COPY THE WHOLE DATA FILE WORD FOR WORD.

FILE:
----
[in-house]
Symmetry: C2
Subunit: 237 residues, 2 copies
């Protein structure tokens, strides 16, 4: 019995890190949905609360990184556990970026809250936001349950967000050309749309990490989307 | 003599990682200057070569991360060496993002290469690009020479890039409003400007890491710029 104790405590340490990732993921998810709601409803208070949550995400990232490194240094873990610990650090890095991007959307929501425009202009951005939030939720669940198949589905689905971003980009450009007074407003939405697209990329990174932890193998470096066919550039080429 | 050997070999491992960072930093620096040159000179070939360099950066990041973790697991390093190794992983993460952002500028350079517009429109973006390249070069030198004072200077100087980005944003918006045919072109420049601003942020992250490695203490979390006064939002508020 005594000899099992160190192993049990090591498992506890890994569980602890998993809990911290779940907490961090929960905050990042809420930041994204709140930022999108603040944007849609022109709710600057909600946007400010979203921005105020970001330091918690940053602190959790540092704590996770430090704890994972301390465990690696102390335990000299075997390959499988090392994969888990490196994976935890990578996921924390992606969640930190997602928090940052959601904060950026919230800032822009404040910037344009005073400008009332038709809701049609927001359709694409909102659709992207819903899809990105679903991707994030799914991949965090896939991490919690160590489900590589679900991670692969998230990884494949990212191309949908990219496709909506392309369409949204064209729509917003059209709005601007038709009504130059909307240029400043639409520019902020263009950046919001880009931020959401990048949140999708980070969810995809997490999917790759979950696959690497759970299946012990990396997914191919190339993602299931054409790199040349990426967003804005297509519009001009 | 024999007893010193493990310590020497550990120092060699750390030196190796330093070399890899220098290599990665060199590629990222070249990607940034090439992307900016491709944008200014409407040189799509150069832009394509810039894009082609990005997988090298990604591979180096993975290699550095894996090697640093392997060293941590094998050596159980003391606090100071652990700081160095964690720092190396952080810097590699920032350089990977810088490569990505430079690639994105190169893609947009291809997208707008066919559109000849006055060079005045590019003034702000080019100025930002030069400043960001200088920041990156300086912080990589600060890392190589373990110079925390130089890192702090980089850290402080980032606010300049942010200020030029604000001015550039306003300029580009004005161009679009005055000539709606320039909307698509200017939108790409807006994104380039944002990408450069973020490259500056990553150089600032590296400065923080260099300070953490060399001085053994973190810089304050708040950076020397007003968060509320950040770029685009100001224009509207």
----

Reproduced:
[in-house]
Symmetry: C2
Subunit: 237 residues, 2 copies
């Protein structure tokens, strides 16, 4: 019995890190949905609360990184556990970026809250936001349950967000050309749309990490989307 | 003599990682200057070569991360060496993002290469690009020479890039409003400007890491710029 104790405590340490990732993921998810709601409803208070949550995400990232490194240094873990610990650090890095991007959307929501425009202009951005939030939720669940198949589905689905971003980009450009007074407003939405697209990329990174932890193998470096066919550039080429 | 050997070999491992960072930093620096040159000179070939360099950066990041973790697991390093190794992983993460952002500028350079517009429109973006390249070069030198004072200077100087980005944003918006045919072109420049601003942020992250490695203490979390006064939002508020 005594000899099992160190192993049990090591498992506890890994569980602890998993809990911290779940907490961090929960905050990042809420930041994204709140930022999108603040944007849609022109709710600057909600946007400010979203921005105020970001330091918690940053602190959790540092704590996770430090704890994972301390465990690696102390335990000299075997390959499988090392994969888990490196994976935890990578996921924390992606969640930190997602928090940052959601904060950026919230800032822009404040910037344009005073400008009332038709809701049609927001359709694409909102659709992207819903899809990105679903991707994030799914991949965090896939991490919690160590489900590589679900991670692969998230990884494949990212191309949908990219496709909506392309369409949204064209729509917003059209709005601007038709009504130059909307240029400043639409520019902020263009950046919001880009931020959401990048949140999708980070969810995809997490999917790759979950696959690497759970299946012990990396997914191919190339993602299931054409790199040349990426967003804005297509519009001009 | 024999007893010193493990310590020497550990120092060699750390030196190796330093070399890899220098290599990665060199590629990222070249990607940034090439992307900016491709944008200014409407040189799509150069832009394509810039894009082609990005997988090298990604591979180096993975290699550095894996090697640093392997060293941590094998050596159980003391606090100071652990700081160095964690720092190396952080810097590699920032350089990977810088490569990505430079690639994105190169893609947009291809997208707008066919559109000849006055060079005045590019003034702000080019100025930002030069400043960001200088920041990156300086912080990589600060890392190589373990110079925390130089890192702090980089850290402080980032606010300049942010200020030029604000001015550039306003300029580009004005161009679009005055000539709606320039909307698509200017939108790409807006994104380039944002990408450069973020490259500056990553150089600032590296400065923080260099300070953490060399001085053994973190810089304050708040950076020397007003968060509320950040770029685009100001224009509207």